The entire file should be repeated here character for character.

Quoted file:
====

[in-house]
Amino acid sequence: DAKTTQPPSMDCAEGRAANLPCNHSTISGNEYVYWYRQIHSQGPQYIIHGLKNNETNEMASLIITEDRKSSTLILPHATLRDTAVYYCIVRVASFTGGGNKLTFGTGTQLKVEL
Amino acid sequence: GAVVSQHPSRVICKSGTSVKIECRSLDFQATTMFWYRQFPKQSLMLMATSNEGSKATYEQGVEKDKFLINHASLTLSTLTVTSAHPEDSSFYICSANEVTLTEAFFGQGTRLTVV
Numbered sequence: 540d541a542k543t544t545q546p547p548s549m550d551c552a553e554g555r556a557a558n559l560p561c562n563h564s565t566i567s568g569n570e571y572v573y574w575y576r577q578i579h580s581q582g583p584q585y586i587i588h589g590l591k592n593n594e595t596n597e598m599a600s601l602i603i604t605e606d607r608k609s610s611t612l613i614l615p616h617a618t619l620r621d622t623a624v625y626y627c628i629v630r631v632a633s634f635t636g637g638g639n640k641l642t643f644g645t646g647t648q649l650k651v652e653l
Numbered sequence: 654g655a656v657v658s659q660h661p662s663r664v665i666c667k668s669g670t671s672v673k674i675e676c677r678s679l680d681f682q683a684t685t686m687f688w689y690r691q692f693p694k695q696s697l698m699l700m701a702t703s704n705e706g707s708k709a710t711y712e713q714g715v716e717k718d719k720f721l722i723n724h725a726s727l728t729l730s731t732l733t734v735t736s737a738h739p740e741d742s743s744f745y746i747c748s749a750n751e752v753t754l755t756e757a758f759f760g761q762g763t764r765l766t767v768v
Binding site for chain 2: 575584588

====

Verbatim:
[in-house]
Amino acid sequence: DAKTTQPPSMDCAEGRAANLPCNHSTISGNEYVYWYRQIHSQGPQYIIHGLKNNETNEMASLIITEDRKSSTLILPHATLRDTAVYYCIVRVASFTGGGNKLTFGTGTQLKVEL
Amino acid sequence: GAVVSQHPSRVICKSGTSVKIECRSLDFQATTMFWYRQFPKQSLMLMATSNEGSKATYEQGVEKDKFLINHASLTLSTLTVTSAHPEDSSFYICSANEVTLTEAFFGQGTRLTVV
Numbered sequence: 540d541a542k543t544t545q546p547p548s549m550d551c552a553e554g555r556a557a558n559l560p561c562n563h564s565t566i567s568g569n570e571y572v573y574w575y576r577q578i579h580s581q582g583p584q585y586i587i588h589g590l591k592n593n594e595t596n597e598m599a600s601l602i603i604t605e606d607r608k609s610s611t612l613i614l615p616h617a618t619l620r621d622t623a624v625y626y627c628i629v630r631v632a633s634f635t636g637g638g639n640k641l642t643f644g645t646g647t648q649l650k651v652e653l
Numbered sequence: 654g655a656v657v658s659q660h661p662s663r664v665i666c667k668s669g670t671s672v673k674i675e676c677r678s679l680d681f682q683a684t685t686m687f688w689y690r691q692f693p694k695q696s697l698m699l700m701a702t703s704n705e706g707s708k709a710t711y712e713q714g715v716e717k718d719k720f721l722i723n724h725a726s727l728t729l730s731t732l733t734v735t736s737a738h739p740e741d742s743s744f745y746i747c748s749a750n751e752v753t754l755t756e757a758f759f760g761q762g763t764r765l766t767v768v
Binding site for chain 2: 575584588